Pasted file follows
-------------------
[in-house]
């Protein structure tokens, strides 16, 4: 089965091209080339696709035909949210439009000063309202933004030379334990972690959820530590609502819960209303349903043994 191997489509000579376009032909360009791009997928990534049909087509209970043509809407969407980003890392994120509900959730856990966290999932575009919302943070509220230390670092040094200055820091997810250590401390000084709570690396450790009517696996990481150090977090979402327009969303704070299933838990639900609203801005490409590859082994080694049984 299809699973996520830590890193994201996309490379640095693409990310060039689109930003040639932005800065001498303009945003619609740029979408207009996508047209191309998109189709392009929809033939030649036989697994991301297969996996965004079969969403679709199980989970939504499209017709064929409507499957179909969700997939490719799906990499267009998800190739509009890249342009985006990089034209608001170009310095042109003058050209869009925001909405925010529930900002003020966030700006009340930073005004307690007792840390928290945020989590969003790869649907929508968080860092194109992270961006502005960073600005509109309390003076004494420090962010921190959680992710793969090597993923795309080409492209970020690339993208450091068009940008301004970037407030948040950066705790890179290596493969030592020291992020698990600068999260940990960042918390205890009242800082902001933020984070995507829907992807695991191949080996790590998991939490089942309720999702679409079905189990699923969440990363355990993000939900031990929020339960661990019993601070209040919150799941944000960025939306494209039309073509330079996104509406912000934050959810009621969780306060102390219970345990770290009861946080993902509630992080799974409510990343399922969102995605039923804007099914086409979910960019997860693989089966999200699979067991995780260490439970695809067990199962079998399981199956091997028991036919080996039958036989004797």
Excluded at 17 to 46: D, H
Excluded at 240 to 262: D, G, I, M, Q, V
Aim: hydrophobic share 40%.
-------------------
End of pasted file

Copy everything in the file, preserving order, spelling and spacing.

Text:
[in-house]
């Protein structure tokens, strides 16, 4: 089965091209080339696709035909949210439009000063309202933004030379334990972690959820530590609502819960209303349903043994 191997489509000579376009032909360009791009997928990534049909087509209970043509809407969407980003890392994120509900959730856990966290999932575009919302943070509220230390670092040094200055820091997810250590401390000084709570690396450790009517696996990481150090977090979402327009969303704070299933838990639900609203801005490409590859082994080694049984 299809699973996520830590890193994201996309490379640095693409990310060039689109930003040639932005800065001498303009945003619609740029979408207009996508047209191309998109189709392009929809033939030649036989697994991301297969996996965004079969969403679709199980989970939504499209017709064929409507499957179909969700997939490719799906990499267009998800190739509009890249342009985006990089034209608001170009310095042109003058050209869009925001909405925010529930900002003020966030700006009340930073005004307690007792840390928290945020989590969003790869649907929508968080860092194109992270961006502005960073600005509109309390003076004494420090962010921190959680992710793969090597993923795309080409492209970020690339993208450091068009940008301004970037407030948040950066705790890179290596493969030592020291992020698990600068999260940990960042918390205890009242800082902001933020984070995507829907992807695991191949080996790590998991939490089942309720999702679409079905189990699923969440990363355990993000939900031990929020339960661990019993601070209040919150799941944000960025939306494209039309073509330079996104509406912000934050959810009621969780306060102390219970345990770290009861946080993902509630992080799974409510990343399922969102995605039923804007099914086409979910960019997860693989089966999200699979067991995780260490439970695809067990199962079998399981199956091997028991036919080996039958036989004797």
Excluded at 17 to 46: D, H
Excluded at 240 to 262: D, G, I, M, Q, V
Aim: hydrophobic share 40%.